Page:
Monday, September 24, 2018

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Threats received at 2 EC high schools

Police: Local juvenile, another from Calif. involved in voicemails to North, Memorial

  • Lt-Derek-Thomas

    Thomas

    Contributed photo

Two juveniles — one local and the other from California — were involved in leaving threats at two Eau Claire high schools on Friday, according to authorities.

The local youth, identified in an Eau Claire police call log as a 14-year-old student at North High School, has been referred to juvenile intake on two counts of terroristic threats and one count each of bomb scares and unlawful use of computerized communication systems, Eau Claire police Lt. Derek Thomas said.

The boy is believed to have left threats on an administrator’s voicemail at North, Thomas said. He also identified a 15-year-old youth living in Perris, Calif., and police believe that teen left similar threats on the voicemail of a Memorial High School principal.

“We took it very seriously from the beginning,” said Thomas, noting Eau Claire police have been in contact with law enforcement in California about the possible involvement of the 15 year old.

Statistics prove why officials have to. In the 2017-18 school year, there were at least 3,380 threats recorded in U.S. K-12 schools, a 62 percent increase from 2,085 threats made in the 2016-17 school year, according to the Educator’s School Safety Network.

Just a month after 17 people were shot and killed at a Florida high school in February, Eau Claire police learned of a possible mass shooting being planned at Memorial.

On Friday, March 16, it was reported that a group of Memorial High School students participated in a dialogue using the social media app Facebook Messenger, and that discussion indicated a mass shooting would occur Monday, March 26, the day students were to return to the south side high school after spring break.

The dialogue, which occurred over the course of several days, included the sharing of photographs of firearms and several specific statements related to a planned shooting at the school. A student aware of the dialogue reported it to a parent who passed the information on to school staff who immediately alerted police.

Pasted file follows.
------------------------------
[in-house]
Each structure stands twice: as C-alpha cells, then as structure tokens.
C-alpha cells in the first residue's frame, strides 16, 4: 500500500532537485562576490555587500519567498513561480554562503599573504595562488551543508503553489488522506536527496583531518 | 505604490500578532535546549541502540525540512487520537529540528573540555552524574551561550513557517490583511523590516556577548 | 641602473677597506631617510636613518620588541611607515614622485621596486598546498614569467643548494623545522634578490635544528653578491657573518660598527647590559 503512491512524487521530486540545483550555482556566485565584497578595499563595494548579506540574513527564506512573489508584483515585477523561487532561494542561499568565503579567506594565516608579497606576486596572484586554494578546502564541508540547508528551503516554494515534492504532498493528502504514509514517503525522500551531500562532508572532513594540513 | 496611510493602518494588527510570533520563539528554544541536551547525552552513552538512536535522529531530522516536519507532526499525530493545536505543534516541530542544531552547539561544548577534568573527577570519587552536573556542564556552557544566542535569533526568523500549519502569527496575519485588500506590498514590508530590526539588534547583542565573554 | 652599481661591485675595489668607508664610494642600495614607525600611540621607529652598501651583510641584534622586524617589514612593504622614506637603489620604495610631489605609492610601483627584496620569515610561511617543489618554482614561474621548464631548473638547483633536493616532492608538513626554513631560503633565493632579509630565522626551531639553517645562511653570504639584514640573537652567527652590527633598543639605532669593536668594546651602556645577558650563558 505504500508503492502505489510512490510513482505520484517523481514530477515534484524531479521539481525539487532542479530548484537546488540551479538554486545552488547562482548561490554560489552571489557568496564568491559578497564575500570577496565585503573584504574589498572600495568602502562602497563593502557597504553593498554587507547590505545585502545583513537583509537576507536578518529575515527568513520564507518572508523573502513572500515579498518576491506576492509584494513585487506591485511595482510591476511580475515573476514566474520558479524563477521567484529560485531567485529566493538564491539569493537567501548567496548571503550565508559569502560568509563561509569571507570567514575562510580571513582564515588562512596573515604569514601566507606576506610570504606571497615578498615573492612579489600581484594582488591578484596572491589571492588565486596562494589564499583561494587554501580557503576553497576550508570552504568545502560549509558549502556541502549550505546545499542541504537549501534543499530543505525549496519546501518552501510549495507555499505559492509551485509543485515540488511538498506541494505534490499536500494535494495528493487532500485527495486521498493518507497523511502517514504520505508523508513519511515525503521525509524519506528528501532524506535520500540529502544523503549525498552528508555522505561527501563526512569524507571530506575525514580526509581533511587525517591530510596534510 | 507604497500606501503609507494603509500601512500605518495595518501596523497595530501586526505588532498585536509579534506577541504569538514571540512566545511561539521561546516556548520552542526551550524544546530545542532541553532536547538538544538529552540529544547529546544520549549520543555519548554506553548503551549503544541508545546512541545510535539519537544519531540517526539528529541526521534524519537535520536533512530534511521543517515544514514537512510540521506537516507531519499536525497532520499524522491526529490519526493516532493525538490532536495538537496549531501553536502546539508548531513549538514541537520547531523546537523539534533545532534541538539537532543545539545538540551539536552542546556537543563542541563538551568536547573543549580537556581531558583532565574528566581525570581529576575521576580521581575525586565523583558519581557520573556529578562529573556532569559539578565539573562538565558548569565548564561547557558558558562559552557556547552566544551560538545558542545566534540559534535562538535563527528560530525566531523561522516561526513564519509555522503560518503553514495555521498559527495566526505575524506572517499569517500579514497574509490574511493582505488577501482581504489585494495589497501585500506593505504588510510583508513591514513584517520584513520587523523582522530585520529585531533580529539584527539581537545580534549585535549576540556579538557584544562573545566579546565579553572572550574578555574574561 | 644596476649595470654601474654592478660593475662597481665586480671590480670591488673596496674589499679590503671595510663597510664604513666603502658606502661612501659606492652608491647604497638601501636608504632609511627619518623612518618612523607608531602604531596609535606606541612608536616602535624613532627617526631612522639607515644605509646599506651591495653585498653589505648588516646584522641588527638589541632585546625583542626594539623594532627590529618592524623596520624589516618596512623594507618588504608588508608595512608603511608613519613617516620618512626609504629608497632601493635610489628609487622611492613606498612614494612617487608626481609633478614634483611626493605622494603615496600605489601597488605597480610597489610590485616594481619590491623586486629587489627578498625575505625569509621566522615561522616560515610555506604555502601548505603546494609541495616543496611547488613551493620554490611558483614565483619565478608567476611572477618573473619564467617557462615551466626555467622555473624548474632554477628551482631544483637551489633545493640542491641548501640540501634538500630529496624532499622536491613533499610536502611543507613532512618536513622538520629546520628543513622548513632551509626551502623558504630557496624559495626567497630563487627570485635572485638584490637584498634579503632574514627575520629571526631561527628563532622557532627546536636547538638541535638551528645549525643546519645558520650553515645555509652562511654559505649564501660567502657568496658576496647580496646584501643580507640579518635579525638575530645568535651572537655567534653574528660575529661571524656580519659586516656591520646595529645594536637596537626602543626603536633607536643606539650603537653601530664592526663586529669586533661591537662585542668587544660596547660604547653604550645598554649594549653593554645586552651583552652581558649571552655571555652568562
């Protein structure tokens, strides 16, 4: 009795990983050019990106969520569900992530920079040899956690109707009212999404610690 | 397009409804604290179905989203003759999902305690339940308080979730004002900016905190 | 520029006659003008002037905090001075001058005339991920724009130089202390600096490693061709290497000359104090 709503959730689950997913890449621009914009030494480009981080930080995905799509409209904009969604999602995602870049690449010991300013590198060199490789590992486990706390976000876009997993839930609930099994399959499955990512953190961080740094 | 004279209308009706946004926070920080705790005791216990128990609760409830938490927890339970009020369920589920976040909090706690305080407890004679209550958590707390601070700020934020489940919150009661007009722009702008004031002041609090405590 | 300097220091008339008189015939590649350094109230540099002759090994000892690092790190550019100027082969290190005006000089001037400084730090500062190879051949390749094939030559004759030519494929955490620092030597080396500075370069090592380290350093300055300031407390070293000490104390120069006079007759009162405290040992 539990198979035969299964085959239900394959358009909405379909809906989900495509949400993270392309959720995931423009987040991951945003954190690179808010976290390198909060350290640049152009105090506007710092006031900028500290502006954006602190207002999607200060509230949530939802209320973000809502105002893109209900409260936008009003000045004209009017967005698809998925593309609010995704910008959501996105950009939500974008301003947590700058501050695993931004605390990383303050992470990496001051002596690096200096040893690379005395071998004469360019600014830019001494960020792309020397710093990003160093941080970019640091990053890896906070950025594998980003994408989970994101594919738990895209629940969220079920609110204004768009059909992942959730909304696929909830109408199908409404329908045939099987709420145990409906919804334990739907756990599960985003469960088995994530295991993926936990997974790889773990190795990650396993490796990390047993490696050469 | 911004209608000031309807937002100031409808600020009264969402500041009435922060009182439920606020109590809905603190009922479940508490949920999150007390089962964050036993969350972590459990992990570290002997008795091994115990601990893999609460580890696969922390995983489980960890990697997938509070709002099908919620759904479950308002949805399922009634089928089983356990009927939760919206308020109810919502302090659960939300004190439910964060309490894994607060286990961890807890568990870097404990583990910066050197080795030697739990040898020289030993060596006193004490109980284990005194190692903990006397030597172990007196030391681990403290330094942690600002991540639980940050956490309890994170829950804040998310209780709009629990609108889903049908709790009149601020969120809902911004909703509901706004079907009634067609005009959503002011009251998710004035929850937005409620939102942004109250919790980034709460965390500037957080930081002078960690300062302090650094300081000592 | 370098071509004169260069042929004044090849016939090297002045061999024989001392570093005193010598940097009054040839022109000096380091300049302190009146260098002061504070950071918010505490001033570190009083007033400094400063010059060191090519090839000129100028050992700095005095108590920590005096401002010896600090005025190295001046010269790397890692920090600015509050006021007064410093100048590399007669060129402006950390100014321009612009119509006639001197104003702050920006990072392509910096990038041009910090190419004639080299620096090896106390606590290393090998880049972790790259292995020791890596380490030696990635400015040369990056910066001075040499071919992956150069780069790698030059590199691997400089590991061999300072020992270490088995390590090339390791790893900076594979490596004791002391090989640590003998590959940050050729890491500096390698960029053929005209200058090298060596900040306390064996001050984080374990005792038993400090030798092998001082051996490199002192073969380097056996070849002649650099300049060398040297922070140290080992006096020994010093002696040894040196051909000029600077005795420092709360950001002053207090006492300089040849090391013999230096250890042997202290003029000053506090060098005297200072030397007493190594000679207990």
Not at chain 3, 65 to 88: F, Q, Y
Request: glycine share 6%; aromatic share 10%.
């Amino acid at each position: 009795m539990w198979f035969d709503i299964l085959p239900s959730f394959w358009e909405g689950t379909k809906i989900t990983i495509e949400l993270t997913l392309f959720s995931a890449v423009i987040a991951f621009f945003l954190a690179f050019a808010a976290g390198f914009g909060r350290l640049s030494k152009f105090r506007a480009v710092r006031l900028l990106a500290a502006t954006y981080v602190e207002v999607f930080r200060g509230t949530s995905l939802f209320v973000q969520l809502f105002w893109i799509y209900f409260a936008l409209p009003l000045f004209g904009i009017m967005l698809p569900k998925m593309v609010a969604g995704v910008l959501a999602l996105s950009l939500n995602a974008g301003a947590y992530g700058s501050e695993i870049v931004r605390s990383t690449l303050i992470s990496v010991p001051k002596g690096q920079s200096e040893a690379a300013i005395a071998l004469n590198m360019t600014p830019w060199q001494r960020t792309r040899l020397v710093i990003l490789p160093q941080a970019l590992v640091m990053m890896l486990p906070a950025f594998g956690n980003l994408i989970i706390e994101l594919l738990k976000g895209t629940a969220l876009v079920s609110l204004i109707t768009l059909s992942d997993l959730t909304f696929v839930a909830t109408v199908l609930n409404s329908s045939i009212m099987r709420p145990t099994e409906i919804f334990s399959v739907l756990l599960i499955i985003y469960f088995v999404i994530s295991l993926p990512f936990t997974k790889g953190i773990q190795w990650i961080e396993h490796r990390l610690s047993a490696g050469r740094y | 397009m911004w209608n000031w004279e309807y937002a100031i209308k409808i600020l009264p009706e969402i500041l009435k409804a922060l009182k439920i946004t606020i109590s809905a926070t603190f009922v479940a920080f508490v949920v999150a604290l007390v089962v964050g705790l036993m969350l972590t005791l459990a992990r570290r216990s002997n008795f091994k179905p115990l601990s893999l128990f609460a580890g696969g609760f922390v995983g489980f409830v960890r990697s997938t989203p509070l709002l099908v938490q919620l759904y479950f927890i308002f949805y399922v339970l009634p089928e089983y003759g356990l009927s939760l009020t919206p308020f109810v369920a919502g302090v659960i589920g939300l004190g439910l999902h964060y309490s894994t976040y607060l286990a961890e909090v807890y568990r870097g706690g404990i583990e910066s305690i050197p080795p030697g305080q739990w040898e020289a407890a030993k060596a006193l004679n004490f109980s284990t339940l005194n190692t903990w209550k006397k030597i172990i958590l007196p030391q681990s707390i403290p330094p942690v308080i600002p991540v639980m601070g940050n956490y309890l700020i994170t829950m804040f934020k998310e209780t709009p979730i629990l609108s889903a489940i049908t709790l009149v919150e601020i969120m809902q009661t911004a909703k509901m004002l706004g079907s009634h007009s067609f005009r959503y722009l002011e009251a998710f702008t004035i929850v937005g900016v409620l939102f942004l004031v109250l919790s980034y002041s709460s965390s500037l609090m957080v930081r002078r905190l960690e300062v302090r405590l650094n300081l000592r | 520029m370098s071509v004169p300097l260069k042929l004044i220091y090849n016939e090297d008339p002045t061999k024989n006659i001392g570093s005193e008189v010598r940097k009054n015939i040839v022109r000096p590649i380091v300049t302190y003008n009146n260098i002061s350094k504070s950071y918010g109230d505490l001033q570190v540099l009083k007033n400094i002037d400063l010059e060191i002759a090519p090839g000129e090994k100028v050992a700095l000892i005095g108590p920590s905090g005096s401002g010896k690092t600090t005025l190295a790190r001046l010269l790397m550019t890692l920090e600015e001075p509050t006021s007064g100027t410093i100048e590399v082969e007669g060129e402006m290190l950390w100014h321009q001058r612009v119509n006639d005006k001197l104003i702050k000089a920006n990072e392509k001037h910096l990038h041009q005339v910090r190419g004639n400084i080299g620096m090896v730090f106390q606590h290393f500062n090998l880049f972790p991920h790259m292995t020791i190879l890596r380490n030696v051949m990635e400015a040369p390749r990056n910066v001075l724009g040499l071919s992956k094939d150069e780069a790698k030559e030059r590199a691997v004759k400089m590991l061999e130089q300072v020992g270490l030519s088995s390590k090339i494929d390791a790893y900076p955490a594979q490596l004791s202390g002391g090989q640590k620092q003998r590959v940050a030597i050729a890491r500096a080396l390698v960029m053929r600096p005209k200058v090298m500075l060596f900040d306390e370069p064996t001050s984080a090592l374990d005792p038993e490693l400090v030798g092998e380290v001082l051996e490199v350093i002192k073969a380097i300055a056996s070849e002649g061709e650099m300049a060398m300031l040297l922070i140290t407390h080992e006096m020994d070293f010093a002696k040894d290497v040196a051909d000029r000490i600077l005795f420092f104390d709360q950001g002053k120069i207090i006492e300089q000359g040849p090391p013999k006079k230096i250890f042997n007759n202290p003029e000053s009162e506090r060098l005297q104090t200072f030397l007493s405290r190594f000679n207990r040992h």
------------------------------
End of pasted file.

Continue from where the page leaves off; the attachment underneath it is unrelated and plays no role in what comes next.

Police, who believed the threat to be real, recommended four juveniles — three males and one female, all 15 years old and all students at Memorial — be charged in the matter.

Nationally, there also was an increase in actual incidents of violence — from 131 events in 2016-17 to 279 incidents in 2017-18, according to ESSN.

“Once (officers) talked to the juvenile here, we determined there was no viable threat” in the latest incident, Thomas said. “The situation was resolved in a short period of time, and we, along with the school administration, felt it was safe for students to attend school (on Monday).”

Eau Claire schools Superintendent Mary Ann Hardebeck couldn’t be reached for comment.

The threats were left on the voicemails just before midnight Friday, according to an email sent by the school district to parents of Memorial and North students.

The voice message at Memorial was discovered Saturday morning, and the caller indicated he was a student at the school, was suicidal and was going to bomb and shoot up the school, according to the police call log.

Eau Claire school administrators and the Eau Claire Police Department’s school resource officers responded immediately.

Once the voicemail was discovered at Memorial, other school district administrators were asked to check their voicemails, and a similar message at North was discovered later Saturday, Thomas said.

The student named in the voicemail left at Memorial had no idea about the message, according to the call log.

In the email from the school district to parents, an announcement regarding the event was to be shared at Memorial and North, and counseling services were to be available for any faculty or students requesting them.

“Events such as this can confuse and frighten students,” the email read. “They will look to adults for information and guidance on how to react. … It is important to reassure students that they are safe, help put their feelings into perspective and assist them in expressing these feelings appropriately.”

Contact: 715-830-5838, christena.obrien@ecpc.com, @CTOBrien on Twitter


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